At the start of the campaign, General Matvei Platov's flying cossacks offered cover for Bagration's retreating force. With Jerome's troops desperately trailing after the retreating 2nd Western Army, Platov's cossacks ambushed Jerome's advanced Polish lancers on 8, 9 and 10 July, near the villages of Kareličy and Mir (Belarus). These clashes were the first real combat of the campaign, and saw the Polish troops defeated, and indeed nearly routed, by the superior cossack light cavalry. These defeats ensured that a healthy distance remained between Jerome and Bagration's retreating forces.
Finally, on 11 July Jerome's two corps reached Navahrudak (Belarus) and continued east, reaching Nesvizh on 14 July. It was there that, on 16 July, he received Davout who informed him of Napoleon's decision to amalgamate the forces and remove his younger brother from command. Furious, Jerome set off home to Kassel (back in Westphalia). Meanwhile, Bagration had reached Slutsk by 13 July, by now beyond the reaches of both Jerome and Davout. Davout's presence did however prevent Bagration from immediately linking up with Barclay de Tolly at the Drissa camp. Forced to circle further to the south in order to stay out of Davout's reaches, Bagration eventually met Davout later that month, at the Battle of Saltanovka (23 July).
Meanwhile, Napoleon remained in Vilna until 16 July, occupied with a number of important tasks. One was the organisation of the government of Lithuania. On 1 July, 1812, Napoleon had signed a text establishing the Grand Duchy of Lithuania (also known as the Provisional Government of Lithuania): the initial aim was to raise troops in the Lithuanian territories and provision the rearguard of the Grande Armée. Despite putting in place an extensive system of government and administration (he appointed diplomat Louis Pierre Edouard Bignon as imperial commissar and Dutch general Dirk van Hogendorp as governor), logistical difficulties and lack of material support beset the provisional government. Another key operation was the organisation of his supply line: a great deal of food and water provisions for the entire campaign had to come through Vilna. In the end, however, the three or so weeks that Napoleon spent in Vilna slowed the advance to such an extent that both Bagration and Barclay de Tolly were able to retreat back into Russia relatively unhindered.
Morale had however suffered greatly in the Russian camp in the early days of the campaign. In fact even the initial strategic withdrawal had proved extremely unpopular with a number of the tsar's generals, who considered it not only militarily risky to cede ground so easily but also politically dangerous to abandon the Duchy of Warsaw and Prussia to Napoleon. Russian despondency surrounding this initial retreat was palpable. On 10 July, 1812, the Russian officer Arseny Andreyevich Zakrevsky (who had served as adjutant to Barclay de Tolly earlier in 1812) wrote to Fieldmarshal Vorontsov with criticism for the strategy:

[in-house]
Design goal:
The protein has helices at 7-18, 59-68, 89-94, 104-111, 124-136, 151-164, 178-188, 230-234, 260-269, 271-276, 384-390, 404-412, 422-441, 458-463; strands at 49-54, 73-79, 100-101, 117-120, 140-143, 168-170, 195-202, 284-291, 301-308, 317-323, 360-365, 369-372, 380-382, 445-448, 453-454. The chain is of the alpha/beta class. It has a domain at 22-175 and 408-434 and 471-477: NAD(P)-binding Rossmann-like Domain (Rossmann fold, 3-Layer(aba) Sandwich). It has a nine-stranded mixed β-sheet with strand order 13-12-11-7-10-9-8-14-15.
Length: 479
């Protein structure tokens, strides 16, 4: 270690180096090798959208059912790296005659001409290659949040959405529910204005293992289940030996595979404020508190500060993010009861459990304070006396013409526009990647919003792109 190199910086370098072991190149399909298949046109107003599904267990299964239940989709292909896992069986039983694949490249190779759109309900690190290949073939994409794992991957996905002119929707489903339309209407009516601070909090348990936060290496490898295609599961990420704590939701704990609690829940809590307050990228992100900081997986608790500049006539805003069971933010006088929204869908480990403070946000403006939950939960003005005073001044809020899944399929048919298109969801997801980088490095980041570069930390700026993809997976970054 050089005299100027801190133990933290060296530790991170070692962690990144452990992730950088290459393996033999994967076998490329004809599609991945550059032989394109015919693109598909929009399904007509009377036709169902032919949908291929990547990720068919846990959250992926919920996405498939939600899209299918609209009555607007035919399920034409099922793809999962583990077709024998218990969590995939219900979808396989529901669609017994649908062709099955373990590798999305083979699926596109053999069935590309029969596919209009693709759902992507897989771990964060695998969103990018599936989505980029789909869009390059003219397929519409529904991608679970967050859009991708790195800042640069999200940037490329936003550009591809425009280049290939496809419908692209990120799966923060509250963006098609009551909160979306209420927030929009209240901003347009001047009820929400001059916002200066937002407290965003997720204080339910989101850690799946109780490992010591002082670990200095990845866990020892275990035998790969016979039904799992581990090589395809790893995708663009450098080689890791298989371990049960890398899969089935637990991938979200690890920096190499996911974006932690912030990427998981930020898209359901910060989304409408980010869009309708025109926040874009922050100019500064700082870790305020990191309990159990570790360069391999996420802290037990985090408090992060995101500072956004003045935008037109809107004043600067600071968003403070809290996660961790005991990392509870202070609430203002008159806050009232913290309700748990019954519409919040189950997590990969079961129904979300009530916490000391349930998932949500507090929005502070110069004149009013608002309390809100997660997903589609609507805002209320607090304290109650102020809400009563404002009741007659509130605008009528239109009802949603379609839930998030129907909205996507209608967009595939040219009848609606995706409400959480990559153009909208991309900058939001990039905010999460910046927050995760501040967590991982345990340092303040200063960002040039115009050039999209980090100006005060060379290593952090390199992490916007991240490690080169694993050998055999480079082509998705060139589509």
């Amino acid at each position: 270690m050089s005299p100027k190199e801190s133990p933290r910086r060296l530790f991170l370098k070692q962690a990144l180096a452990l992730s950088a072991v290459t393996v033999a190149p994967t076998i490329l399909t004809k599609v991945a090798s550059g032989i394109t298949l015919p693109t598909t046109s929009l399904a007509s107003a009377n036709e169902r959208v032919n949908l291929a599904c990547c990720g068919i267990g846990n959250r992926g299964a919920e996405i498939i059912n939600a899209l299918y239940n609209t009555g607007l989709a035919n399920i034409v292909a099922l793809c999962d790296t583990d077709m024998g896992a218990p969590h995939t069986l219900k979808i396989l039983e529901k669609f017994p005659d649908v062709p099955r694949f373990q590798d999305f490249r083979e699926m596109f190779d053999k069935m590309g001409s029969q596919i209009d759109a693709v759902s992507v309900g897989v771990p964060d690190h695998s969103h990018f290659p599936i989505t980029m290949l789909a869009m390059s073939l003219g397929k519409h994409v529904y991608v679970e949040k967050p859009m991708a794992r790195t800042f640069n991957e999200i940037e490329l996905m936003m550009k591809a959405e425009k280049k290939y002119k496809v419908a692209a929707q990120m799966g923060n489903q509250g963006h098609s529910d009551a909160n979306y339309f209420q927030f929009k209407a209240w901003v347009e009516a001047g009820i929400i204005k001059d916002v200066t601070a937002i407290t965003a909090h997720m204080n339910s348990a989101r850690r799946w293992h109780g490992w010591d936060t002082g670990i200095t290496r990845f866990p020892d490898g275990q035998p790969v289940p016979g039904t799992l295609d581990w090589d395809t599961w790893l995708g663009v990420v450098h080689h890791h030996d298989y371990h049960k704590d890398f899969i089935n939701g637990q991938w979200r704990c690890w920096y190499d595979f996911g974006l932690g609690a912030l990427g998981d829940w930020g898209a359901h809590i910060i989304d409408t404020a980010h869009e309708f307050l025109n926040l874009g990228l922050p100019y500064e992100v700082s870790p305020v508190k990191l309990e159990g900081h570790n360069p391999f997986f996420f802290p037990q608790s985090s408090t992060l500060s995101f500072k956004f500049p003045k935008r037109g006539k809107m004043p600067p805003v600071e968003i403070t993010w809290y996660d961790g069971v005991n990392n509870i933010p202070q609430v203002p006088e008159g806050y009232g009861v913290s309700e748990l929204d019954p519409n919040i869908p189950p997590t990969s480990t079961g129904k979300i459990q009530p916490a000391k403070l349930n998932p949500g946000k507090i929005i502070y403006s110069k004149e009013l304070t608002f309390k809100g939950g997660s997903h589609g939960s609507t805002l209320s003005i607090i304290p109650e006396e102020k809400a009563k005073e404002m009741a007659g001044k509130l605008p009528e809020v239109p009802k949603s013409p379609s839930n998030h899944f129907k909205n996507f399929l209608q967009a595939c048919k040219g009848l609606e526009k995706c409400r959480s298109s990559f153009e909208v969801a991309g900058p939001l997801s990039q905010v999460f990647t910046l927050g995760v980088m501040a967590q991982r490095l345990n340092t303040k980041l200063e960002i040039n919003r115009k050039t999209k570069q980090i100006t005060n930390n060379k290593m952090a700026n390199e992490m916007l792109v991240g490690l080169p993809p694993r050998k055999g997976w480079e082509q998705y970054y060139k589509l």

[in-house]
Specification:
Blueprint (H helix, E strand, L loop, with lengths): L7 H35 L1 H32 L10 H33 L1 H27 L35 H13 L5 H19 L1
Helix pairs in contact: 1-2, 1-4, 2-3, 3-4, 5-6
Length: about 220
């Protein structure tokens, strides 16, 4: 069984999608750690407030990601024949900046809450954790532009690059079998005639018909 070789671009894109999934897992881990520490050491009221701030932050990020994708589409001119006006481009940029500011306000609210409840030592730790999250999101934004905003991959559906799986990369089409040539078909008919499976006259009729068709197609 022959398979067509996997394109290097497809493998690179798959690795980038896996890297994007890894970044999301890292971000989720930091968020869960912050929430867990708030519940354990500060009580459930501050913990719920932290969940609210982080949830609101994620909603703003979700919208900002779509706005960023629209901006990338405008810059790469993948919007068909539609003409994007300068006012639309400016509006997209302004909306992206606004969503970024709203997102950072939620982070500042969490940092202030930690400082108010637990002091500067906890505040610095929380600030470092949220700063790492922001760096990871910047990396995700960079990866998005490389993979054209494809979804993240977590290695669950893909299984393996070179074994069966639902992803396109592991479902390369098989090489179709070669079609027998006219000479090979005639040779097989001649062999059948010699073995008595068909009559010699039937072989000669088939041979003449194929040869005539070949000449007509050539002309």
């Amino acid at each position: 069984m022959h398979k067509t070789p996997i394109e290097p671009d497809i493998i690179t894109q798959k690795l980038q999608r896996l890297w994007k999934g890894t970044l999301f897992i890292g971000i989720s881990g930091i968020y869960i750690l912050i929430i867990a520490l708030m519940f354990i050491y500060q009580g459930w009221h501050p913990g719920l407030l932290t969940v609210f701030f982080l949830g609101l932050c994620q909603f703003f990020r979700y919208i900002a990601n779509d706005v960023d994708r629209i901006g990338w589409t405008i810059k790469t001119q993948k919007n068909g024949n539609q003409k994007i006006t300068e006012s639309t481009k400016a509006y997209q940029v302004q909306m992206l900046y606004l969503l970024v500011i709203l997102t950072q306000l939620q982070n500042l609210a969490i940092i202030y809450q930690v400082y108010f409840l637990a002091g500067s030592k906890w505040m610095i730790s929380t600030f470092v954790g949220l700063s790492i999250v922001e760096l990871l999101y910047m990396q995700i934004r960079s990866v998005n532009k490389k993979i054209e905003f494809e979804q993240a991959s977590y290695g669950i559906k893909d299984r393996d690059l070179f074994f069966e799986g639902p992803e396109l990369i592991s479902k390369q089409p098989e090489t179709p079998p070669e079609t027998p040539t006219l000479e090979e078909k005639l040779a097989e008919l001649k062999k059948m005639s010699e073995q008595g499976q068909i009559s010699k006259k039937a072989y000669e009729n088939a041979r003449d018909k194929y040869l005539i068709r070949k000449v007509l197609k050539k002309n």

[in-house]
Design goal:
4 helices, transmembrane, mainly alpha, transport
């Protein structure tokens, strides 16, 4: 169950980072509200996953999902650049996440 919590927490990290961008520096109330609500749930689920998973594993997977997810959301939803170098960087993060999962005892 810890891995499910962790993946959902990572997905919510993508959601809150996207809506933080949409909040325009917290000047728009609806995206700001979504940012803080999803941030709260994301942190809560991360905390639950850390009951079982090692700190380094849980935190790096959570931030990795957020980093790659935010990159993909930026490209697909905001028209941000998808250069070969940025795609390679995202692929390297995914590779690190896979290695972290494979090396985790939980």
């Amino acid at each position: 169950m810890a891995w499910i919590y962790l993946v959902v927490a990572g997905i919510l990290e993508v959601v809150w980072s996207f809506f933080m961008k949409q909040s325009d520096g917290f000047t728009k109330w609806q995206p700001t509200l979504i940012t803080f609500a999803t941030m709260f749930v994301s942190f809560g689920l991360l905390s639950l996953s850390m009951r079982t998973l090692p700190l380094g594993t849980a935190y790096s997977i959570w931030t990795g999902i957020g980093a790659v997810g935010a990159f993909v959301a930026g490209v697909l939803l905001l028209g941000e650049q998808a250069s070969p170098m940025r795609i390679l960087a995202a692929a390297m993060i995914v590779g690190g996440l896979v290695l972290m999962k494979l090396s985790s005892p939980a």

“We have retired hastily, towards the wretched position of Drissa which, it would seem, will be our ruin. We cannot now reassess our decision, or undertake a different strategy; it appears that we have chosen the worst.”
And as time passed, the Drissa camp too began to appear unable to offer the protection required against Napoleon's advancing Grande Armée. If Barclay de Tolly remained entrenched in the camp, Napoleon would be at liberty to direct his forces against Bagration and destroy the 2nd Western Army. Such an event would open up the Grande Armée's march on Moscow and leave Barclay de Tolly dangerously exposed and threatened from behind.
And so, on 17 July, in another morale-sapping manouvre, Russian forces destroyed the camp's magazines and marched out south east, away from the border and towards Vitebsk. What had initially been been built as the bedrock on which the entire Russian defensive strategy was to be abandoned only three weeks after the invasion. Peter Wittgenstein was to remain in the area with 25,000 men (the 1st Infantry Corps) and orders to protect the road to St Petersburg. On 18 July, having arrived in Polotsk, Alexander left his army in the hands of Barclay de Tolly and proceeded on to Moscow, before returning to St Petersburg. The Russian strategy appeared to be in tatters. On the same day (18 July), Napoleon arrived in Hlybokaye (modern-day Belarus), 86km to the south-west of Polotsk. Oudinot was by now just below the Drissa camp.
From Saltanovka towards Smolensk
Further to the south-east, at 7am on 23 July, General Rayevski's 7th Corps (part of Bagration's 2nd Western Army) met Davout's infantry forces – commanded by Joseph-Marie Dessaix , Compans and Claparède – and his cavalry squadrons at Saltanovka, just south of Mogilev. The French forces outnumbered Rayevski's troops, and the Russian troops – instructed to force their way through to Mogilev – failed to make any headway. Rayevski's attack did however buy enough time for the remaining troops of the 2nd Western Army to head north-east for Smolensk. Russian losses numbered about 2,500, whilst the Grande Armée saw over a thousand soldiers injured, killed or taken prisoner. And although Davout had prevented Bagration's force from reaching Barclay de Tolly, thus forcing him westwards, catching up with the Russians remained beyond the Grande Armée. Davout's aggressive march to cut off Bagration had also severely depleted his troops. Following his victory at Saltanovka, the marshal was obliged to halt at Mogilev and let the Russians withdraw.